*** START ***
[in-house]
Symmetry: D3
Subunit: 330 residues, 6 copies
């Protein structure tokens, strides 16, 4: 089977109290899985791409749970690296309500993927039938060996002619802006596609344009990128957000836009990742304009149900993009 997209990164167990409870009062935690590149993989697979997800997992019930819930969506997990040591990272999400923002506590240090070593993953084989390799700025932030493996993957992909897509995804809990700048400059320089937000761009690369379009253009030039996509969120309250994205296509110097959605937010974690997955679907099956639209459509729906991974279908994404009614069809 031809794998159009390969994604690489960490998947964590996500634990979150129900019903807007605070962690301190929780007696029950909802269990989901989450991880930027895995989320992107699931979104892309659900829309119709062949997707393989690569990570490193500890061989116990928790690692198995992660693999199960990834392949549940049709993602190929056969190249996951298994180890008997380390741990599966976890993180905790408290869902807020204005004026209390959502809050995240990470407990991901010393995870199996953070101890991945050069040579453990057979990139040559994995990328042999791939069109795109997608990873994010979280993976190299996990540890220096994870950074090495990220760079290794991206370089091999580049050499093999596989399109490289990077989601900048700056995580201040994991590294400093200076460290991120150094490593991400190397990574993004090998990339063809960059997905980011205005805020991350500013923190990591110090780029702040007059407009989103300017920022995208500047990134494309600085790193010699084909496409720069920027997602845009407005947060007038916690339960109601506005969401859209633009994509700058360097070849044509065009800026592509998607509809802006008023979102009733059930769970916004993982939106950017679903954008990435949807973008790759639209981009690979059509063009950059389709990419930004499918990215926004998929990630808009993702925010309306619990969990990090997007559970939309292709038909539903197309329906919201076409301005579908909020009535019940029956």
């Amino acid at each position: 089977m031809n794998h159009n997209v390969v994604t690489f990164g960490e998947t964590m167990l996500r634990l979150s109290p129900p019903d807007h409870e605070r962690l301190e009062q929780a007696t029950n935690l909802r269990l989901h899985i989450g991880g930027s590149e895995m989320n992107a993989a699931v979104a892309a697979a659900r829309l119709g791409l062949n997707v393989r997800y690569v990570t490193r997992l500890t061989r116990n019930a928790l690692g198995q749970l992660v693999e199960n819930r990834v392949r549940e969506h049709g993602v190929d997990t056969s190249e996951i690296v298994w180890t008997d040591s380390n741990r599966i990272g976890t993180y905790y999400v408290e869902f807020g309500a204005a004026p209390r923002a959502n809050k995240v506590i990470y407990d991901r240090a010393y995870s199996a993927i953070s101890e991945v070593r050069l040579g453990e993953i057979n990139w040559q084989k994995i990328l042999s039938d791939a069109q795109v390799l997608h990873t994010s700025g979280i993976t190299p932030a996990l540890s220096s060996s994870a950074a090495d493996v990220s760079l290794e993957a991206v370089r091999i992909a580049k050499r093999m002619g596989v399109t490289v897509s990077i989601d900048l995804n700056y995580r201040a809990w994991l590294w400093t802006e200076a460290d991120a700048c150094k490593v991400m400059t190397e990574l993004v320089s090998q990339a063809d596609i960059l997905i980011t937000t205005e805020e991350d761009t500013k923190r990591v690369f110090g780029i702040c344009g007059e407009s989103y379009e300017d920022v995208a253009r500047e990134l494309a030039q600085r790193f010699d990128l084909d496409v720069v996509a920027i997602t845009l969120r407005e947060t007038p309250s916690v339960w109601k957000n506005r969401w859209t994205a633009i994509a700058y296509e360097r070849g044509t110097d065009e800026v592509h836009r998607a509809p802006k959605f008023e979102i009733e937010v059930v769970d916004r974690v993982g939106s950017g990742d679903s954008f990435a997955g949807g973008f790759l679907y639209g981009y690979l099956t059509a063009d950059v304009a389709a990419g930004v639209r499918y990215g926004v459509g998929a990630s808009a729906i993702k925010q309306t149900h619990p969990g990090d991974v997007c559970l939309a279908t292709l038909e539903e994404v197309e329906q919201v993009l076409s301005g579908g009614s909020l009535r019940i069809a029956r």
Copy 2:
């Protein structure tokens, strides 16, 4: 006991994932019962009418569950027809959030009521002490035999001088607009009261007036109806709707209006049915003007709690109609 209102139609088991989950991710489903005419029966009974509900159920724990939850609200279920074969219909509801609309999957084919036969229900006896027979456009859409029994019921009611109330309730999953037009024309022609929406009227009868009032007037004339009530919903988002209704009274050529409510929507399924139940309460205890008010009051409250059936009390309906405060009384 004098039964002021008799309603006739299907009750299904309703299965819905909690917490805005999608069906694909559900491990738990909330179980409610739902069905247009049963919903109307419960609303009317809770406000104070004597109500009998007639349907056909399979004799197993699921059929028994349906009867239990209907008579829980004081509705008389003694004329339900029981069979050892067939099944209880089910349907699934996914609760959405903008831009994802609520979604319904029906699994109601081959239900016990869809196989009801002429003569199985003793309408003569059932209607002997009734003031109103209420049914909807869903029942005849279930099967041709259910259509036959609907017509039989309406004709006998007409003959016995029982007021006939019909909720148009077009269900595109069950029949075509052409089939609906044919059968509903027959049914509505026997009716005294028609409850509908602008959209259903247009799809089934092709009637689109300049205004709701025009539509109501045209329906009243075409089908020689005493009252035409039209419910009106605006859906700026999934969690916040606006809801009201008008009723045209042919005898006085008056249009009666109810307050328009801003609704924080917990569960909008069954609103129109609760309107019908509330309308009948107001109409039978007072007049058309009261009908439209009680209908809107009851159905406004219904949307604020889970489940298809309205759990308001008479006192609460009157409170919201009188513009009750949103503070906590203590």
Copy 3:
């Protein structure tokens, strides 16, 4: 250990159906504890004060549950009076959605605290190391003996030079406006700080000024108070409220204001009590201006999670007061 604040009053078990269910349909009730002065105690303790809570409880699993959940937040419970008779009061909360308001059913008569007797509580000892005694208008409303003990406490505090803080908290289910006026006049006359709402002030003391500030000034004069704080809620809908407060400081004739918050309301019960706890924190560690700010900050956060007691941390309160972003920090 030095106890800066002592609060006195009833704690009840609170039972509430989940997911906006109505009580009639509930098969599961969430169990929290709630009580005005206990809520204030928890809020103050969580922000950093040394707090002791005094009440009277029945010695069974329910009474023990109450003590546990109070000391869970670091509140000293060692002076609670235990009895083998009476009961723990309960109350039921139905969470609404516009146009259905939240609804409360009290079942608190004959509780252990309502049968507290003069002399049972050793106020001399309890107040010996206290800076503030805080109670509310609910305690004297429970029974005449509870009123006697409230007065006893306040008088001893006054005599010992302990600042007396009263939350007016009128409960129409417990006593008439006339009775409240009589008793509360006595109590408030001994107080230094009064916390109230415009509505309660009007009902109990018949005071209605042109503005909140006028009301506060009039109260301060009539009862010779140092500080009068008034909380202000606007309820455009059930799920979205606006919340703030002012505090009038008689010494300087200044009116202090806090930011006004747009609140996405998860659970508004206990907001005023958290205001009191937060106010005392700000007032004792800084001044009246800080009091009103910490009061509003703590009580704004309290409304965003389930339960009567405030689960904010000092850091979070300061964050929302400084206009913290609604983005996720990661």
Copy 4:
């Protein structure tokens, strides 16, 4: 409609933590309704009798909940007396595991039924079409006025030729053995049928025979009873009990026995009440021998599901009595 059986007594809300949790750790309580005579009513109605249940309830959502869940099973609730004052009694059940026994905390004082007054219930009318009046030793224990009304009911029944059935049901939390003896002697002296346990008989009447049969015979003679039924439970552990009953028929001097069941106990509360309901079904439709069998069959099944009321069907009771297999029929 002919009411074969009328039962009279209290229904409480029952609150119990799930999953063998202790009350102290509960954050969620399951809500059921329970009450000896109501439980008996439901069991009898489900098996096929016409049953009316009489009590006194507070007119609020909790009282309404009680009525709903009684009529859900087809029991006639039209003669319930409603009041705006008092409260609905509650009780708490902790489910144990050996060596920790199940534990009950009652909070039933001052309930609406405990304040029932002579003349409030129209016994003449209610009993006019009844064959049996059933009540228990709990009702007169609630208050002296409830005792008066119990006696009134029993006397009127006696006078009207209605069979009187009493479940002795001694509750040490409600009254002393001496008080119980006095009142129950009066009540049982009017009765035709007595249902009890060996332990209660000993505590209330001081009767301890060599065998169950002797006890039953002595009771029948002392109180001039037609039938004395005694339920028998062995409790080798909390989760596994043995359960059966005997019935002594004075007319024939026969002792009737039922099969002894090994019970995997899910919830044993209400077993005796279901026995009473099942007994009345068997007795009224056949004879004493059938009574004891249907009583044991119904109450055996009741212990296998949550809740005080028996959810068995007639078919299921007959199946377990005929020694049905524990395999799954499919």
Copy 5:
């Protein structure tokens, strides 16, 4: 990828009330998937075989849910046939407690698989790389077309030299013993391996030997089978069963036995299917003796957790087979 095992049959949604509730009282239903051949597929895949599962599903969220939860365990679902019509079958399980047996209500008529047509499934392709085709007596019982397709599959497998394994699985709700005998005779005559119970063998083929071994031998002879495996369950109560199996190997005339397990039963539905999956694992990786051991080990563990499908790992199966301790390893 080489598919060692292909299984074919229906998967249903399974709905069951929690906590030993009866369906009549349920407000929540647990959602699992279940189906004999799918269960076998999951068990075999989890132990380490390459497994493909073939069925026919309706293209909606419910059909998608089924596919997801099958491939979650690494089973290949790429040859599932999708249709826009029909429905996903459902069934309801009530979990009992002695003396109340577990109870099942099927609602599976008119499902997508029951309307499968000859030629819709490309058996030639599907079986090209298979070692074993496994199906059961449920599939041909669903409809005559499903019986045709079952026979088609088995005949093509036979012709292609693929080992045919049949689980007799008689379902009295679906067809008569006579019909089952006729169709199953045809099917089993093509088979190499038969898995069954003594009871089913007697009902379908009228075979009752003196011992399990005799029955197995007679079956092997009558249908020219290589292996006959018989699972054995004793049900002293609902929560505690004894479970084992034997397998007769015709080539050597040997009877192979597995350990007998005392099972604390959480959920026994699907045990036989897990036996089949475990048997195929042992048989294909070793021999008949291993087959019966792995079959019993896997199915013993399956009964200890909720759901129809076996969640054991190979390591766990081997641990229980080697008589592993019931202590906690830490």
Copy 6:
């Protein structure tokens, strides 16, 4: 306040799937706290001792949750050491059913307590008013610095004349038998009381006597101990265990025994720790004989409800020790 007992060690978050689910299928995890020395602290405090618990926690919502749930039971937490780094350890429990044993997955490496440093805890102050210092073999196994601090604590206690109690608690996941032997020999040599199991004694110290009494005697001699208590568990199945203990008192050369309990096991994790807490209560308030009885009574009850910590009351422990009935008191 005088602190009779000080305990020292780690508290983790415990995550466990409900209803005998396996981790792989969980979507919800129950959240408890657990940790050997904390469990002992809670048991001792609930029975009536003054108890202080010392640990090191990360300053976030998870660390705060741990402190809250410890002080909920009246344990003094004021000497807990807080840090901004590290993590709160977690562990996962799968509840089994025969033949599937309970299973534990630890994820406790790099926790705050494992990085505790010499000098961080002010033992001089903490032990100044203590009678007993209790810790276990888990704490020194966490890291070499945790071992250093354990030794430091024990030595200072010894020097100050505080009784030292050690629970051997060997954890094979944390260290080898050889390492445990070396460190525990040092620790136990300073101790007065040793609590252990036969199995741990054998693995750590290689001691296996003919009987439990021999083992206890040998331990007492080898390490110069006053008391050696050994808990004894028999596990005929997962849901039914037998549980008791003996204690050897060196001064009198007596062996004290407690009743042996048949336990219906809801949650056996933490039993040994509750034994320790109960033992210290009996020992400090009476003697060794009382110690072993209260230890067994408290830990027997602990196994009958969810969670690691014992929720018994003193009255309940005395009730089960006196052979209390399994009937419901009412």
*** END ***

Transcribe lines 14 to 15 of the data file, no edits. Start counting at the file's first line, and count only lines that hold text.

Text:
Copy 6:
């Protein structure tokens, strides 16, 4: 306040799937706290001792949750050491059913307590008013610095004349038998009381006597101990265990025994720790004989409800020790 007992060690978050689910299928995890020395602290405090618990926690919502749930039971937490780094350890429990044993997955490496440093805890102050210092073999196994601090604590206690109690608690996941032997020999040599199991004694110290009494005697001699208590568990199945203990008192050369309990096991994790807490209560308030009885009574009850910590009351422990009935008191 005088602190009779000080305990020292780690508290983790415990995550466990409900209803005998396996981790792989969980979507919800129950959240408890657990940790050997904390469990002992809670048991001792609930029975009536003054108890202080010392640990090191990360300053976030998870660390705060741990402190809250410890002080909920009246344990003094004021000497807990807080840090901004590290993590709160977690562990996962799968509840089994025969033949599937309970299973534990630890994820406790790099926790705050494992990085505790010499000098961080002010033992001089903490032990100044203590009678007993209790810790276990888990704490020194966490890291070499945790071992250093354990030794430091024990030595200072010894020097100050505080009784030292050690629970051997060997954890094979944390260290080898050889390492445990070396460190525990040092620790136990300073101790007065040793609590252990036969199995741990054998693995750590290689001691296996003919009987439990021999083992206890040998331990007492080898390490110069006053008391050696050994808990004894028999596990005929997962849901039914037998549980008791003996204690050897060196001064009198007596062996004290407690009743042996048949336990219906809801949650056996933490039993040994509750034994320790109960033992210290009996020992400090009476003697060794009382110690072993209260230890067994408290830990027997602990196994009958969810969670690691014992929720018994003193009255309940005395009730089960006196052979209390399994009937419901009412």